Stop killing our dogs, CBC, please!

Published: March 20, 2016
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While the rest of the populace preaches progress, equality and humanity we can't even teach ourselves the basics of living a moral and ethical life? This is a classic example of reversal of roles which is irony at its best. Human beings acting like animals. PHOTO: YOUTUBE

I’ve been a quiet spectator of the brutal killings of stray dogs in Karachi for a very long time and despite the fact that it has enraged me time and time again, I’ve kept quiet only to realise that it is in times like these when you acknowledge the wrongdoing happening before you. You either become a silent observer boiling with rage on the inside or you try to make a difference despite the possibility that your efforts may prove to be futile. 

I have recently come across several Facebook posts talking about stray dogs being shot point-blank by Cantonment Board Clifton (CBC). I kept quiet even though my insides hurt by the graphic details given on the internet. Right after that, I came across yet another case which completely repulsed me. I knew some measure of work had to be done to spread awareness, at the very least.

I got in touch with the person whose post I had come across to enquire for further details. Emaan Mahmud, a Liberal Arts teacher at the Indus Valley School of Art and Architecture, was extremely cooperative and supportive, and told me the entire story.

Around nine o’clock she heard several gunshots followed by heart wrenching howls.

As she walked out of her house to find out what was going on, she was informed by her domestic help that CBC had gone off on their shooting spree again. One dog was found dead while another was thoroughly injured, hiding under the thorns writhing in pain. Without wasting any time she called the Ayesha Chundrigar Foundation (ACF) for help and, along with the assistance of the foundation and her workers, she managed to get the dog into safe hands. The dog is currently under the care of the ACF recovering from the three bullet wounds on his right shoulder.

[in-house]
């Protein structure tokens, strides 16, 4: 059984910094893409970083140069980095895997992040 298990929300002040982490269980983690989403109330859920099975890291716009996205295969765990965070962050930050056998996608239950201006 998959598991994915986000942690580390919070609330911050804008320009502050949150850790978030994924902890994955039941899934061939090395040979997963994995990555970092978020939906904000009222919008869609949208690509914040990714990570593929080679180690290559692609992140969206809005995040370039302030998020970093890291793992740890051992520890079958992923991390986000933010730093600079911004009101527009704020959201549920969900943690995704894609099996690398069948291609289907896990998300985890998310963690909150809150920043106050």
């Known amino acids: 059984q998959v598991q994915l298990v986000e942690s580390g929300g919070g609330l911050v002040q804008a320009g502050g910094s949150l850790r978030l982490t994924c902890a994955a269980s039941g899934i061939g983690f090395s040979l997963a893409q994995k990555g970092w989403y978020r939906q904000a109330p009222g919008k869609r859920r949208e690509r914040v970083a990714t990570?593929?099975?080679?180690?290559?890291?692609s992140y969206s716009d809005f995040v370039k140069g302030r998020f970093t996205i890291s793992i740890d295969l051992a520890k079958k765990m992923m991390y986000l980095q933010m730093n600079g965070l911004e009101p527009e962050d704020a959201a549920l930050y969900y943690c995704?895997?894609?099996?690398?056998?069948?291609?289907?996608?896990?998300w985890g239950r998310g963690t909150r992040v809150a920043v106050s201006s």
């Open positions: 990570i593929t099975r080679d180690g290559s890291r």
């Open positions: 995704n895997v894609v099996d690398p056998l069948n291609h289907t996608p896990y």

This is just one case amongst the hundreds that happen every single day.

We’ve heard of several other forms of tortures that these strays go through. They’re often picked up, sedated and taken to remote places like Doh Darya and left there. Furthermore, time and time again they’re also castrated and left in utter pain.

When complaints are lodged, CBC completely refuses to take blame. Because of their lack of assuming responsibility, many stray puppies are found every day because their mothers are killed. Not to mention the kind of trauma the dogs have to suffer even if they’re mere spectators of such incidents.

The lack of empathy our officials have enrages me. While the rest of the populace preaches progress, equality and humanity we can’t even teach ourselves the basics of living a moral and ethical life? This is a classic example of reversal of roles which is irony at its best. Human beings acting like animals.

The reason for killing these strays is that they’ve drastically increased in number; they’re spreading diseases and have become excessively violent.

To begin with, if the government has enough funds to build a Disneyland in Lahore, how about investing in something that’s actually worthwhile? Like nurturing these strays? Fine, take them down if they’re seriously unwell but instead of shooting them point-blank, why isn’t medication use to reduce their pain? Bury them after in a respectable way instead of shooting them in front of their pups and then leaving them there to die? Why not help fund the very few initiatives we have for these helpless animals like the Ayesha Chundrigar Foundation?

It doesn’t take a rocket scientist to understand that these acts are, in reality, completely heinous. The conductors of these acts will never understand how it feels to be this vulnerable and to be taken advantage of that vulnerability. This is a plea to stop this. There is a way to do everything. We’ve never fully understood that. It’s humiliating, to say the least.

Lalarukh Rashdi

Lalarukh Rashdi

The author is an aspiring journalist, currently an International Relations undergrad with a love for animals.

The views expressed by the writer and the reader comments do not necessarily reflect the views and policies of The Express Tribune.